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Obscure diagnosis: exploding head syndrome

man with headache 3x2

man with headache 3×2

Case history

A 20-year-old medical student was lying half-awake in bed in the morning, when he suddenly perceived a terrific bang in his head, which woke him fully and terrified him. He remained immobile for several minutes, petrified that he had suffered a subarachnoid haemorrhage, and that if he moved it could be fatal. After a few more minutes, however, it dawned on him that he had no other symptoms such as headache, nausea, vomiting, or indeed sudden death. Apart from feeling panicky, he was quite well. He gingerly got up, and the day carried on as normal, and by evening he wondered if he had imagined or dreamed it, and told no one. Several years later, while studying for exams, he came across EHS and realised that was the diagnosis.

Exploding head syndrome (EHS) is the dramatic term used to describe a specific set of symptoms that are alarming for both patients and their doctors, but entirely benign with an excellent prognosis.

Despite being initially described over 120 years ago,1,2 there has been little research into EHS, probably due to its benign nature. Accurate knowledge on prevalence and pathophysiology remains elusive and treatment options are anecdotal. Diagnosis relies on an accurate history.3

Recognition is important as the diagnosis will protect patients from unnecessary investigations and treatment. Patient education and reassurance has been shown to be therapeutic and in some circumstances, curative.4,5


Although the condition was initially described in 1890 and again in 1920, Pearce reported the first case series in 1988 and assigned the label EHS.6 Since then, several case reports have emerged and what is remarkable is the consistency in the description given by patients.7 This has allowed the condition to become a well-defined entity and is formally classified as a ‘sensory parasomnia’ in the International Classification of Sleep Disorders. The diagnostic criteria are detailed in table 1 on page 56.7,8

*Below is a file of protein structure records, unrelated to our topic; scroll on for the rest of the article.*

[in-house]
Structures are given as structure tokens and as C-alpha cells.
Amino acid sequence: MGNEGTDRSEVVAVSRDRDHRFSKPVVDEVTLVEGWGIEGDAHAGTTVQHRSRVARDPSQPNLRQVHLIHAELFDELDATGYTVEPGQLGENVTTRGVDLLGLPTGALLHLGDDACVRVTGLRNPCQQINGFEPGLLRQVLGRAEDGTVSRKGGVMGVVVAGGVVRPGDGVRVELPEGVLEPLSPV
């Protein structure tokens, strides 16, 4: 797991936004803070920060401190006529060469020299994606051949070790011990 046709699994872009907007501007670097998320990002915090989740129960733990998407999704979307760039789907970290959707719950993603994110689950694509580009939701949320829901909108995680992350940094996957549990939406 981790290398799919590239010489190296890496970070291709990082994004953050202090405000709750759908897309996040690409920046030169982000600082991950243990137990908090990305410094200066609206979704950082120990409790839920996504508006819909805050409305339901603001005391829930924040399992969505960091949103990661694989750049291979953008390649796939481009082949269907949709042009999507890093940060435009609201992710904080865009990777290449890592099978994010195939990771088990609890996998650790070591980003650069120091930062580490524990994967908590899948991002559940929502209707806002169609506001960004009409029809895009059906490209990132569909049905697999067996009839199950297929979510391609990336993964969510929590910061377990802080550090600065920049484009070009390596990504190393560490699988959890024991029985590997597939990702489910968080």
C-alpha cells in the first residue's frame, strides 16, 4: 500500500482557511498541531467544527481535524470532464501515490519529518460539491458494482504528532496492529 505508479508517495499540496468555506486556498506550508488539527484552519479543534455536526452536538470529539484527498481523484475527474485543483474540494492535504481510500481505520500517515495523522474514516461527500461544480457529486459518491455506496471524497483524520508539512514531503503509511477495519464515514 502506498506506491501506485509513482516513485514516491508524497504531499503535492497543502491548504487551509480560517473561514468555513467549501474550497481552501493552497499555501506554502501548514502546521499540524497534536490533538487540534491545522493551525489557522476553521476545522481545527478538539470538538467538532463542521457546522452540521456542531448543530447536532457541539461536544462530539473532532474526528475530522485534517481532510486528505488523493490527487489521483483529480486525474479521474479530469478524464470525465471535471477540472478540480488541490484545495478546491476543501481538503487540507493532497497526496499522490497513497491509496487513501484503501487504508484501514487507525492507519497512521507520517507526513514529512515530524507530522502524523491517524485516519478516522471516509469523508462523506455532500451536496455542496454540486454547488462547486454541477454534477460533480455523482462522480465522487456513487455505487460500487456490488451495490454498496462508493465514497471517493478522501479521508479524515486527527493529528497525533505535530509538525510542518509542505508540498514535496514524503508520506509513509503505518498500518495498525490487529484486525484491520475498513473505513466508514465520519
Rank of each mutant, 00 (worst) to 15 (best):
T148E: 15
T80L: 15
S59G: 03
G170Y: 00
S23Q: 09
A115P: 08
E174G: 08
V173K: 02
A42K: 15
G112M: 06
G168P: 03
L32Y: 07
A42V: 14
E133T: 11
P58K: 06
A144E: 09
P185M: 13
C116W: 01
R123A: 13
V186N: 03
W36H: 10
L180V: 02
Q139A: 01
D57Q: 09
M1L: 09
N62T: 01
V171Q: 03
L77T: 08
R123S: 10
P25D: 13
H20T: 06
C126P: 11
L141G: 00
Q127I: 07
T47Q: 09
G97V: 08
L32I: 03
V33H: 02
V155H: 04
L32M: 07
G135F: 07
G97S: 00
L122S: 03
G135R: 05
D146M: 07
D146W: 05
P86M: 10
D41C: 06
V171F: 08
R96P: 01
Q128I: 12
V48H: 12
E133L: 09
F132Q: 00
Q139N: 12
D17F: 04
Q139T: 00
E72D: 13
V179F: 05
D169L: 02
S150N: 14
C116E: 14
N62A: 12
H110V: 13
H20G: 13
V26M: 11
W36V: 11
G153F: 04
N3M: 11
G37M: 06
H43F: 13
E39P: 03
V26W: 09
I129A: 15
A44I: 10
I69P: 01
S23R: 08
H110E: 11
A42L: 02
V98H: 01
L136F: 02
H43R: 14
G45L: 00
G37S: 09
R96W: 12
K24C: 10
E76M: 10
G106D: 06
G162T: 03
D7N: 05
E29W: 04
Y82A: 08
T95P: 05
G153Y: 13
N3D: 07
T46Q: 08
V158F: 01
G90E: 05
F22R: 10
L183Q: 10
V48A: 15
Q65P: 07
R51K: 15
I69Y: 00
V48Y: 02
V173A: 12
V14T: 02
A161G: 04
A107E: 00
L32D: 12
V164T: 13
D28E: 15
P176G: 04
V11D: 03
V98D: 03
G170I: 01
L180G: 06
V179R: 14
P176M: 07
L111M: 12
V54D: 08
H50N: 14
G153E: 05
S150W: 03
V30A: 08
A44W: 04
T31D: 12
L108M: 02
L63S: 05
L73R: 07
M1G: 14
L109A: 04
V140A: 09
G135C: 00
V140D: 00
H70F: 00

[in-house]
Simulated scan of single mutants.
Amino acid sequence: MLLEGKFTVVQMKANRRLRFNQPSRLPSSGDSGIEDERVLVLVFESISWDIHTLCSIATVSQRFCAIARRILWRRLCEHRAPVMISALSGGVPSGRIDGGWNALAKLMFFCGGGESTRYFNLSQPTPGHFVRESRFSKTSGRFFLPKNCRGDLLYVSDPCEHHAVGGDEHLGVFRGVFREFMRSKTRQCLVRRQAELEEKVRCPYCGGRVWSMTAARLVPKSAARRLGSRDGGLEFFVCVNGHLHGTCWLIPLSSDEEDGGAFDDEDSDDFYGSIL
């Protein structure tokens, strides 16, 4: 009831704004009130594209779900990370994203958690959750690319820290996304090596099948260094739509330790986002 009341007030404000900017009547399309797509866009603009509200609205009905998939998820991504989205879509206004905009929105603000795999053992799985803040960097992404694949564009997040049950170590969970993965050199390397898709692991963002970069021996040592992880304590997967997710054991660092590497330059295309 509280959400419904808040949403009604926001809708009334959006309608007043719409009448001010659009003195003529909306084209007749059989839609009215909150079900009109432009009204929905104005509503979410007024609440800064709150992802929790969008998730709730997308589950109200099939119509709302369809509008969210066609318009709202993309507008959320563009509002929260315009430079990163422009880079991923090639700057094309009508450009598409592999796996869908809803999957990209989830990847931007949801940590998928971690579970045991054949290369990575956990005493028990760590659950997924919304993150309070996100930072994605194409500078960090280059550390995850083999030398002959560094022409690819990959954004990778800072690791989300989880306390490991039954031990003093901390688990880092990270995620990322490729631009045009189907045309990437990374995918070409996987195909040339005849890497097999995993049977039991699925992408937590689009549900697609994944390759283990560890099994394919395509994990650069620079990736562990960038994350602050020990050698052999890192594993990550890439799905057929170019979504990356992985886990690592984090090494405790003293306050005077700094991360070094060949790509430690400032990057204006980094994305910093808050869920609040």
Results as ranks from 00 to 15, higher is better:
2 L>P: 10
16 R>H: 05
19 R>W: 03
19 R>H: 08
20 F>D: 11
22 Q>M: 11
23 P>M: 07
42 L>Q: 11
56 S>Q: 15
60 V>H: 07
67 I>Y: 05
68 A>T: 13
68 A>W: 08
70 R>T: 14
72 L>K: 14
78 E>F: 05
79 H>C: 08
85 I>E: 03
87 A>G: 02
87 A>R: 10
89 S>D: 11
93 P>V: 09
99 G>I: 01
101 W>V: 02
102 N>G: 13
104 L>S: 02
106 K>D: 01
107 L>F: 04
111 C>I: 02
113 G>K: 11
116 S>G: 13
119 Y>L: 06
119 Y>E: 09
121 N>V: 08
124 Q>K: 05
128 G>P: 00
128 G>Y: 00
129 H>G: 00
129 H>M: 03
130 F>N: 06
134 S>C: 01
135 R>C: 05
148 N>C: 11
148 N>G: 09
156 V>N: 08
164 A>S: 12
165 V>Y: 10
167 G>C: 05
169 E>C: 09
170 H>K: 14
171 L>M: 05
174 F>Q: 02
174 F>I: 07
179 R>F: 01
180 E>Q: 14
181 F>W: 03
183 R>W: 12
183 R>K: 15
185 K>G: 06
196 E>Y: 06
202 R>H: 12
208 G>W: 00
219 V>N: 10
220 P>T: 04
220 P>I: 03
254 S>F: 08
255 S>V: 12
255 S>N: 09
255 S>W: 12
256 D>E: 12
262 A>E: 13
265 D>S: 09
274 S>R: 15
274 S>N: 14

The prevalence is unknown, as the literature consists of case reports and there have been no detailed epidemiological studies.3 Some have described EHS as rare but others suggest it is common and under-recognised.4,6 Following the publication of the initial 10-patient case series in 1988, there was a marked increase in reported cases, allowing a 50-patient case series to be collated by the same author in 1989, which remains the largest to date.4,6 Point prevalence for EHS may be as high as 10% in otherwise healthy people.3

EHS has been described across a broad range of ages, but is generally considered to be a condition of the middle-aged and elderly, with a median age at onset of 54 years.

There is a female predominance of approximately 1.5:1.7

Clinical features

The syndrome is predominantly characterised by auditory perceptions of a loud, alarming noise when falling asleep, wakening or during a period of restful relaxation.4 The noise is typically of sudden onset, brief and painless. But the explosive onset results in significant distress and fear, which can subsequently result in the misperception that the symptoms are painful: ‘an enormous roar, so loud it could kill me’.4

Understandably, patients are concerned that there is a sinister underlying cause such as a brain tumour or intracerebral haemorrhage,4 but it has been recognised that despite their anxiety, patients rarely volunteer these episodes as a presenting symptom and it has been postulated that this is due to a fear of not being believed.4

Descriptions of the noise include a ‘bomb explosion’, ‘terrific bang’, ‘door slamming’, ‘loud clap’, ‘electrical current running’ and ‘enormous roar’.3,7,9 Attacks are typically painless and invariably lead to considerable fear. Their distressing nature frequently results in patients inaccurately describing their symptoms as painful, although a careful history should confirm that this is indeed not the case. Mild pain has been reported in some case studies.5

In addition to auditory perceptions, several other symptoms have become well recognised, although are not required to make the diagnosis. The most common is visual disturbance, which often takes the form of flashing lights or ‘visual static’.4 Other associations include anxiousness, tachycardia, sweating, mild jab-like pain and rarely, myoclonic jerks.4,10 In the largest case series, some reported the sensation of having stopped breathing and having to make a conscious effort to breathe with an ‘uncomfortable gasp’.4 Other reports have suggested an association with sleep paralysis, obstructive sleep apnoea and migraine.11,12,13

The symptoms can occur in relaxed wakefulness, but are well recognised during the transition states of sleep (from wake to sleep or sleep to wake). The pattern and frequency of attacks is variable. They may occur once in a lifetime or they may be episodic with variable frequency. Some patients develop a chronic form of the condition and suffer several attacks a night, which can subsequently lead to insomnia or apprehension about falling asleep. Episodes may be followed by long periods of remission.4,14

Although the aetiology of EHS remains unknown, stress and ‘emotional tension’ have been described as risk factors.1,4 Others have suggested links to benzodiazepine and SSRI withdrawal.3

Neurological examination is normal and investigation unnecessary. The diagnosis is dependent on an accurate history and recognition of the condition. Given the association between sleep and rest, some patients have been investigated with polysomnography, with normal results.14

Differential diagnosis